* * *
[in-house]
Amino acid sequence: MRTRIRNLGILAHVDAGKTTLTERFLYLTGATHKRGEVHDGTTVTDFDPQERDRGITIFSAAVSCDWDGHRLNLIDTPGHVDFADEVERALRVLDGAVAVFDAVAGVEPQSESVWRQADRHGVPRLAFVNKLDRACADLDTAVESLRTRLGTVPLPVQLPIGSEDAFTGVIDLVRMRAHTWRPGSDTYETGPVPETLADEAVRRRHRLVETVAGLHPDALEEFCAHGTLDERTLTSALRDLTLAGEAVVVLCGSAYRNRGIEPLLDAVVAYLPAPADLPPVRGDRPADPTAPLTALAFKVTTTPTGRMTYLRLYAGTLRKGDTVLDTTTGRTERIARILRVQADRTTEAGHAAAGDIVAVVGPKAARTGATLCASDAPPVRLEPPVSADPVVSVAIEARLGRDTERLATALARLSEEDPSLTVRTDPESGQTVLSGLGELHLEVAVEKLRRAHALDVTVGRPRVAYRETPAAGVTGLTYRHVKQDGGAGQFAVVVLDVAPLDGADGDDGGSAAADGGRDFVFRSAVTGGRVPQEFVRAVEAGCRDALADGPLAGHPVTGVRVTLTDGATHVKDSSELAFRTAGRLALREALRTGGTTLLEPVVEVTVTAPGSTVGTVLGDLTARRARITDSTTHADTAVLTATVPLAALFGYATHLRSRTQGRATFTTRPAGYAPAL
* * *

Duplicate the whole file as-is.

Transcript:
[in-house]
Amino acid sequence: MRTRIRNLGILAHVDAGKTTLTERFLYLTGATHKRGEVHDGTTVTDFDPQERDRGITIFSAAVSCDWDGHRLNLIDTPGHVDFADEVERALRVLDGAVAVFDAVAGVEPQSESVWRQADRHGVPRLAFVNKLDRACADLDTAVESLRTRLGTVPLPVQLPIGSEDAFTGVIDLVRMRAHTWRPGSDTYETGPVPETLADEAVRRRHRLVETVAGLHPDALEEFCAHGTLDERTLTSALRDLTLAGEAVVVLCGSAYRNRGIEPLLDAVVAYLPAPADLPPVRGDRPADPTAPLTALAFKVTTTPTGRMTYLRLYAGTLRKGDTVLDTTTGRTERIARILRVQADRTTEAGHAAAGDIVAVVGPKAARTGATLCASDAPPVRLEPPVSADPVVSVAIEARLGRDTERLATALARLSEEDPSLTVRTDPESGQTVLSGLGELHLEVAVEKLRRAHALDVTVGRPRVAYRETPAAGVTGLTYRHVKQDGGAGQFAVVVLDVAPLDGADGDDGGSAAADGGRDFVFRSAVTGGRVPQEFVRAVEAGCRDALADGPLAGHPVTGVRVTLTDGATHVKDSSELAFRTAGRLALREALRTGGTTLLEPVVEVTVTAPGSTVGTVLGDLTARRARITDSTTHADTAVLTATVPLAALFGYATHLRSRTQGRATFTTRPAGYAPAL